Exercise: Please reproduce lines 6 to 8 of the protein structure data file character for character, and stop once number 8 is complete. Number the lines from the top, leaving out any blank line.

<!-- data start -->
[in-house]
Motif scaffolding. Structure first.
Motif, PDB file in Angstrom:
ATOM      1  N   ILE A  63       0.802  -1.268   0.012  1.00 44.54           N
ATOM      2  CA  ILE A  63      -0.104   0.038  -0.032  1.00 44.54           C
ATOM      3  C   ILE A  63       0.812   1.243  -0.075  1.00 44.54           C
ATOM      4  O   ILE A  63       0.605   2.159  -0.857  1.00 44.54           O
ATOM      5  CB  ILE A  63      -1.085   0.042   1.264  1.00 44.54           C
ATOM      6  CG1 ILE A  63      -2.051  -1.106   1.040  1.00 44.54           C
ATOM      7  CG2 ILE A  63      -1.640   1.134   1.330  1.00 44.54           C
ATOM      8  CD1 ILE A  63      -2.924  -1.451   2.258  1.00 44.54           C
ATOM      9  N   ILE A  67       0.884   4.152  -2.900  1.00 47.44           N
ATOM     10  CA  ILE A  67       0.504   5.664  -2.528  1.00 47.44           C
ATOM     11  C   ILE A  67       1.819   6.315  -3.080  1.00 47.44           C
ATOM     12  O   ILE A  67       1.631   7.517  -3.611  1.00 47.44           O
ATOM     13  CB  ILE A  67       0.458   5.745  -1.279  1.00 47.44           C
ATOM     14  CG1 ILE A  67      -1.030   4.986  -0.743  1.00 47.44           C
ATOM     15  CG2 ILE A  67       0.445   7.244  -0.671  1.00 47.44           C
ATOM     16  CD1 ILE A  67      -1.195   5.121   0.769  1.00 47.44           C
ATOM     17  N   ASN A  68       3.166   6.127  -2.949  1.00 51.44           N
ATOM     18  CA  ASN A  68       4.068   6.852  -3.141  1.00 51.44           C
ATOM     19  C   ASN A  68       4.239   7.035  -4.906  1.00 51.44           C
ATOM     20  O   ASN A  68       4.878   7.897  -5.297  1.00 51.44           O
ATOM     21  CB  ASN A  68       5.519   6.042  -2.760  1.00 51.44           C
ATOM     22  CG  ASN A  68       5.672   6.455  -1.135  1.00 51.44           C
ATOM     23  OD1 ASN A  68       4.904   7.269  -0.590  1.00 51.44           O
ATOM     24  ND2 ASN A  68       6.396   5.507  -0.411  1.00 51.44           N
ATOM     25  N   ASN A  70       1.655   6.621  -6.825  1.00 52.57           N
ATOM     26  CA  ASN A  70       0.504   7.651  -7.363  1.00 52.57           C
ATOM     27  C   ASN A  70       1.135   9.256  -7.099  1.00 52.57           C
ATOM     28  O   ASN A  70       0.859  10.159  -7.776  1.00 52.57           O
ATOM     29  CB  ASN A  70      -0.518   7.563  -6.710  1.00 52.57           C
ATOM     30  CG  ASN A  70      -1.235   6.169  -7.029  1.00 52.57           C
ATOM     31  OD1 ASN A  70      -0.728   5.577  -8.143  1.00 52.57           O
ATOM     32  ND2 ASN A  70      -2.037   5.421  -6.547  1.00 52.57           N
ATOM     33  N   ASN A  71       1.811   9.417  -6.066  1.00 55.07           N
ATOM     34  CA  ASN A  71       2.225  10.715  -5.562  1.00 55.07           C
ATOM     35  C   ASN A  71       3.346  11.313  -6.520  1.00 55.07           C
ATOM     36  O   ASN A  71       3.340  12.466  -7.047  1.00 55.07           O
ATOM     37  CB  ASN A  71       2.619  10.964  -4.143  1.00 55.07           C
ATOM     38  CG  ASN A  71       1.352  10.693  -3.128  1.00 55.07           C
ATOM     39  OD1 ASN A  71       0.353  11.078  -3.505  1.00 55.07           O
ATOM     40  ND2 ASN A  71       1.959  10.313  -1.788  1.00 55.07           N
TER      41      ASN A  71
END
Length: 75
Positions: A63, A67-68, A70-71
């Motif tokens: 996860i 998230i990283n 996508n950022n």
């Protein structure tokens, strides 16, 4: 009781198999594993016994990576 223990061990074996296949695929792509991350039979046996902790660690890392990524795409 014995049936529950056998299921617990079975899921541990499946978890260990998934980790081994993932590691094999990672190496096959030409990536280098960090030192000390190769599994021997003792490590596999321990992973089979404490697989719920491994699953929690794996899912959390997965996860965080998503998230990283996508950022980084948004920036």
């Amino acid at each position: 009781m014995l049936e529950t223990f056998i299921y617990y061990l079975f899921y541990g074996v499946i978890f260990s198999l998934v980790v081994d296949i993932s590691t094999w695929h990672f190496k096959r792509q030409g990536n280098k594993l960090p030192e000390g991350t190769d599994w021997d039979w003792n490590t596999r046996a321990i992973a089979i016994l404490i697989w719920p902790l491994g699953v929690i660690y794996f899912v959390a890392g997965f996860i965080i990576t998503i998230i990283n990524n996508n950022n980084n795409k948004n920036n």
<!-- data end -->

ATOM      3  C   ILE A  63       0.812   1.243  -0.075  1.00 44.54           C
ATOM      4  O   ILE A  63       0.605   2.159  -0.857  1.00 44.54           O
ATOM      5  CB  ILE A  63      -1.085   0.042   1.264  1.00 44.54           C